Names Common name: GHB(Gamma Hydroxybutyric Acid) Chemical Name: 4-Hydroxybutanoic acid chemical formula: C4H8O3 Other names or street names for GHB include Easy Lay, Georgia Home Boy, Scoop, Date Rape Drug, Liquid Ecstasy, or Liquid X. It has a clear, colorless, and odorless appearance.
GBH is classified as a carboxylic acid and a Depressant of the Central Nervous System. It causes nausea, unconsciousness, hallucinations, etc. it is a powerful and rapid central nervous system depressant Schedule I controlled substance meaning that it isn’t accepted for medical use in the United States and has a high potential for substance abuse. GHB products were Schedule III Xyrem: treat patients with narcolepsy, a sleeping disorder. Classification
History First introduced in France between 1960 -1963: popular anesthetic during surgery. During the 1970s: popular in clinical trials involving patients with narcolepsy, a sleeping disorder. In the 1980s: GHB was sold legally at health food stores and gyms as a fat burner and muscle developer due to the stimulation of growth hormones it provided. January 21, 1999: the FDA banned GHB anywhere within the United States.
Production Manufactured illegally in any chemical laboratories or even in homes. It is then taken and sold on the black market or locally on streets. GHB is extremely popular at raves or parties in clubs. According to the 2008 National Survey on Drug Use and Health, “more than 30 million Americans aged 12 or older have used a sedative/tranquilizer, a category that includes GHB, for non-medical reasons at least once in their lifetime.”
Users The 2009 American Association of Poison Control Centers report indicates that GHB accounted for 448 case mentions and 297 single exposures. Include people who attend clubs or raves and even sexual predators. GHB is colorless and odorless so therefore the person wouldn’t even be able to detect it in their drink. Bodybuilders and athletes. Frequent travelers.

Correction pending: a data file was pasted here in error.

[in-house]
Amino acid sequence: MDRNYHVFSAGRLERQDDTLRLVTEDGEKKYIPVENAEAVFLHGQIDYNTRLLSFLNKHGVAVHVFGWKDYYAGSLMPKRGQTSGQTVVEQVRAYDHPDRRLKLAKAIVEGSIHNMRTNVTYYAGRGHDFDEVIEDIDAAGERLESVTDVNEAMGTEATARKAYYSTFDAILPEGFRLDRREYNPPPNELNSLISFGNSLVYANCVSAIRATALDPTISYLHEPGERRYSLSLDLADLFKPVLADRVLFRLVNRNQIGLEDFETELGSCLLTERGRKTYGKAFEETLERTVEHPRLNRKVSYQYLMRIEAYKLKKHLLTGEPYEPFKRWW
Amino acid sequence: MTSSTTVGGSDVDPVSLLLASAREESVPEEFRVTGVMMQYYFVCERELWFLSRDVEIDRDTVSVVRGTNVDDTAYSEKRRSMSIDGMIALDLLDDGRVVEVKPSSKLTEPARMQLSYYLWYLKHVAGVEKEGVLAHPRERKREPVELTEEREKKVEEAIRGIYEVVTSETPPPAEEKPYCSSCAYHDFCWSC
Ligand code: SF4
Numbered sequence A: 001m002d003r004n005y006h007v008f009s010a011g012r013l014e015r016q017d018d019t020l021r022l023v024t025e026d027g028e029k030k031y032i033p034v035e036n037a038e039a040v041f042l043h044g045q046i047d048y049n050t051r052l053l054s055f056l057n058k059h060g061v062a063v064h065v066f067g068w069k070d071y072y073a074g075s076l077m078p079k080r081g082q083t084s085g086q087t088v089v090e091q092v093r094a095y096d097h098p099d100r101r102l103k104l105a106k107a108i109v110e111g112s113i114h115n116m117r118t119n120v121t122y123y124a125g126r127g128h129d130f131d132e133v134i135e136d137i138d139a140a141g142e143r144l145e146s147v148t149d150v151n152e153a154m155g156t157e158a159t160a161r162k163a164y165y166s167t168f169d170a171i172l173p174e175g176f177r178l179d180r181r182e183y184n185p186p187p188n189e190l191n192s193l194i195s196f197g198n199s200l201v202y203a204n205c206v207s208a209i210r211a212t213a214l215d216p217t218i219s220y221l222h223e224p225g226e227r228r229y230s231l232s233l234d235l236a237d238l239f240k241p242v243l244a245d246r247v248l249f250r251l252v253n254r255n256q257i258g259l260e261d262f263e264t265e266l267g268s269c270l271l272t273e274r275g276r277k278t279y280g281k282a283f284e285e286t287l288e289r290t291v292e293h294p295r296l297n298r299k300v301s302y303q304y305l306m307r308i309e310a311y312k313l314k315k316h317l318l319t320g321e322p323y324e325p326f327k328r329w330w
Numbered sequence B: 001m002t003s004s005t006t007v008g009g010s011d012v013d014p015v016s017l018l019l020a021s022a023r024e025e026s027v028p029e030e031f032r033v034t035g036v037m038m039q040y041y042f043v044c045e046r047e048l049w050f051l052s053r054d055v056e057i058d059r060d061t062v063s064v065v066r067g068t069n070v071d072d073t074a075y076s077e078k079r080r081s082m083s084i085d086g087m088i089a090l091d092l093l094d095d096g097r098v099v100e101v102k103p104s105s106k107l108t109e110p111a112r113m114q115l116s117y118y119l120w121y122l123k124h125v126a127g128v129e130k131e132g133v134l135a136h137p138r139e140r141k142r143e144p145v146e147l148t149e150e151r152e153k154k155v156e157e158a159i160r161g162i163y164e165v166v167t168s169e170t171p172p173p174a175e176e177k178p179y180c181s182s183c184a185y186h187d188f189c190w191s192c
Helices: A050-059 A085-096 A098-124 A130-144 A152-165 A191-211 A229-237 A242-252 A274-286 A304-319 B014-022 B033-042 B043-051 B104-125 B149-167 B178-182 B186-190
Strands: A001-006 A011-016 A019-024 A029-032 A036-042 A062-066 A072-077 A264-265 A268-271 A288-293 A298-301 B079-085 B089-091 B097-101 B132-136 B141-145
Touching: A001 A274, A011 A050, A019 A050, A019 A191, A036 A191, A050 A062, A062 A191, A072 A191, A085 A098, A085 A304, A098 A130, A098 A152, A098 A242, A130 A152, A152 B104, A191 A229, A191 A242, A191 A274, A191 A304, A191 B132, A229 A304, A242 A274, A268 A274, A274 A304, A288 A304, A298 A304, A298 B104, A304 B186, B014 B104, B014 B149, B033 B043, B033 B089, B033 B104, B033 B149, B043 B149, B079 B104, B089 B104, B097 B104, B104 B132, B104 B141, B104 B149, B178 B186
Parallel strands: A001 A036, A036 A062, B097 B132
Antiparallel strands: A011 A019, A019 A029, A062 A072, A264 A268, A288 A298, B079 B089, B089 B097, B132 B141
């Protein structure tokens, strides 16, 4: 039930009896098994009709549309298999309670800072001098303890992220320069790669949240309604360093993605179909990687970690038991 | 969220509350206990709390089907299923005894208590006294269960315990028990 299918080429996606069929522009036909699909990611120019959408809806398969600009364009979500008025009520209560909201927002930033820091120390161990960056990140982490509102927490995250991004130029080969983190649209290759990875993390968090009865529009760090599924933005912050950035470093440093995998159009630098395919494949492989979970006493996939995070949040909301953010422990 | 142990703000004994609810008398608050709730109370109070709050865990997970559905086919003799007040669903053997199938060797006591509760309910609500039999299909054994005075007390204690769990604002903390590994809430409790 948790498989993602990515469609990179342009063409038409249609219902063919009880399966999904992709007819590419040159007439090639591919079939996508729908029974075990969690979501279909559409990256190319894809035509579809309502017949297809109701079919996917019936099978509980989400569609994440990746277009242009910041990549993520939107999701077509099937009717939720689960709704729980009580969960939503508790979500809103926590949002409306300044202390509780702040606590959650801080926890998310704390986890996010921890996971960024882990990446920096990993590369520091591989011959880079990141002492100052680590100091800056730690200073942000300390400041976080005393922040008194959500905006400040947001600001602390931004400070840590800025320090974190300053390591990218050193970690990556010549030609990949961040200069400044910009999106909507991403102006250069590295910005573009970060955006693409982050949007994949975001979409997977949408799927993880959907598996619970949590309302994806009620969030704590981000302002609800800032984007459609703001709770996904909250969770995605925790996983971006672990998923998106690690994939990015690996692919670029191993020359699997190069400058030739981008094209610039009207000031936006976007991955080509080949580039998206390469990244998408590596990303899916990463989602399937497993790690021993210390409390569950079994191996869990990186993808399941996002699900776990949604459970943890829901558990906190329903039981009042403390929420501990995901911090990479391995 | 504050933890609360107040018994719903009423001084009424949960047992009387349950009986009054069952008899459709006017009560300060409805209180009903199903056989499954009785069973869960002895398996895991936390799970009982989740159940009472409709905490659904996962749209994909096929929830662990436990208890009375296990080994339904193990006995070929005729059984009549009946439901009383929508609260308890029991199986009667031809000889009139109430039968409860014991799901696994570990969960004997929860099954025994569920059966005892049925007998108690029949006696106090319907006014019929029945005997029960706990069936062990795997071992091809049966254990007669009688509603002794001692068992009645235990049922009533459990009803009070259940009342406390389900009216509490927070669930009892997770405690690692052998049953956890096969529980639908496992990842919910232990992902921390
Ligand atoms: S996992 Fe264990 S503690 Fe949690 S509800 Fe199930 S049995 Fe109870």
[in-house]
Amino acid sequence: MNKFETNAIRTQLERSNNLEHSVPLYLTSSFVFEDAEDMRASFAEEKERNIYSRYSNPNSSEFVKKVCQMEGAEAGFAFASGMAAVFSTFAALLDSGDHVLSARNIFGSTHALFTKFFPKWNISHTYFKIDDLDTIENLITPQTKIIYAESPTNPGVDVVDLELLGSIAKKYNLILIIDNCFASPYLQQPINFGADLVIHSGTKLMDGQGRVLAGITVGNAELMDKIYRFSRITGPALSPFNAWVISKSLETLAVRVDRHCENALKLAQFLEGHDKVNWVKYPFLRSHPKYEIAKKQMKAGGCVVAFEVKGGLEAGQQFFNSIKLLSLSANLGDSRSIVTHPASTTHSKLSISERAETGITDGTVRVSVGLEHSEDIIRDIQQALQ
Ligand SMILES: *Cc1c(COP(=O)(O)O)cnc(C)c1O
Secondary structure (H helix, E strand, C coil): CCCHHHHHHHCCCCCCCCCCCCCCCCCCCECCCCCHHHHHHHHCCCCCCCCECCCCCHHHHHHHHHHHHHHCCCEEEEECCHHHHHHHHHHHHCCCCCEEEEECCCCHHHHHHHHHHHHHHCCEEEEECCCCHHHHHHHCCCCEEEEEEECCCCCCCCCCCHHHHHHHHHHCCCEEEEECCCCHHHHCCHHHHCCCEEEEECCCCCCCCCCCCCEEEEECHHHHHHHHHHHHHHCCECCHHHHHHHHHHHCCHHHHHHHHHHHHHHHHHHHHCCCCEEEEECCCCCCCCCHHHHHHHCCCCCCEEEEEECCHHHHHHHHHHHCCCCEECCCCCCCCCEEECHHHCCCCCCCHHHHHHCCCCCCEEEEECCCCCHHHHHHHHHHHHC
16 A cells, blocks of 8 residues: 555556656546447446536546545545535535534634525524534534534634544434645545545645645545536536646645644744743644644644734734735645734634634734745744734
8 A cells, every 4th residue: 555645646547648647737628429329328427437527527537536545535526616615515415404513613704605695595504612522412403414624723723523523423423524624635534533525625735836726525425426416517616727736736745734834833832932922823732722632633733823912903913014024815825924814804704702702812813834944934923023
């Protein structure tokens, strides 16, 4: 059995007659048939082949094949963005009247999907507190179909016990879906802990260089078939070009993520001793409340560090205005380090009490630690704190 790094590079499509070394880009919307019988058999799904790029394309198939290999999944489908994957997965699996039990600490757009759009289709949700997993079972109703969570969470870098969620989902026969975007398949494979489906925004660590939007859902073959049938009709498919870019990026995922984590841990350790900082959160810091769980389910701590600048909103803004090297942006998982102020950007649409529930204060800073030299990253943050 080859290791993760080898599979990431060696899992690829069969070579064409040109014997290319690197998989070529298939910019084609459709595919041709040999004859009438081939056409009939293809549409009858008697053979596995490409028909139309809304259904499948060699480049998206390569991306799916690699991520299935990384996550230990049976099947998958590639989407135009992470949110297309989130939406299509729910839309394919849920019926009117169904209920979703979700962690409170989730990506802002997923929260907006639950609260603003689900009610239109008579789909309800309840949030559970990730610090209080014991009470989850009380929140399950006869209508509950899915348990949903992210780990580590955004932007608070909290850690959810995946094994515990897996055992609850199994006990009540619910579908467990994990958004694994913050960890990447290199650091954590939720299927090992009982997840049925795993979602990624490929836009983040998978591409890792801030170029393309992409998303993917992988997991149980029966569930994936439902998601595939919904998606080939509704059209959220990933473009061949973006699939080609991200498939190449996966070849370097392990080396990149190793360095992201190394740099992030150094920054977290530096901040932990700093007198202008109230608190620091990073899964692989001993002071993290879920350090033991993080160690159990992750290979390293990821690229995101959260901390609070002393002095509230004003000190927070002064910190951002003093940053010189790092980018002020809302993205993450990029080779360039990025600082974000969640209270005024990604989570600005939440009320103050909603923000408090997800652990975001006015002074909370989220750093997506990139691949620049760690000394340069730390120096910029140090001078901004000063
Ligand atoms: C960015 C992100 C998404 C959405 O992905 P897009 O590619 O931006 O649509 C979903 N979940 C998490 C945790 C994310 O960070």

Affects Mixed with another liquid substance such as alcohol or water. Swallowed in the form of a tablet or a powdered substance when mixed with a liquid. In the Brain: acts as a depressant and includes effects such as drowsiness, euphoria, memory impairment, and confusion Body: unconsciousness, slowed breathing and heart rate, seizures, comas, and even death in some cases. Physical Addiction: if used continuously for weeks it may become addictive but has low potential. Psychological Addiction : greater potential for addiction due to the euphoric state that it puts the user in.
Risks Damage multiple bodily organs such as the kidneys, livers, and the heart. Tremors and seizures. Slurred speech and difficulty thinking. Average LD50 for GHBis 12 grams of GHB per kilogram of body weight.
Detection Hair analysis can be used to determine whether GHB is in the system. 19 year old girl whose hair roots helped find GHB. police waited a month for her hair to grow and then after analysis found traces of GHB and along with other evidence the perpetrator was sent to prison. That identify traces of GHB because it metabolizes into the body quickly, but if done in time urine and blood tests will show GHB in the system.
Consequences Any person within possession of GHB is subject to criminal charges ranging from possession, possession for sale, or poisoning to even manslaughter and homicide. Illegal possessions may result in fines over $500 and time in prison pending on the severity of the case. There are many treatment programs where the patient goes through a medically-supervised detox and given medication if necessary. A common withdrawal symptom that occurs in a rise in blood pressure where medication is used to help the spikes in the blood pressure.
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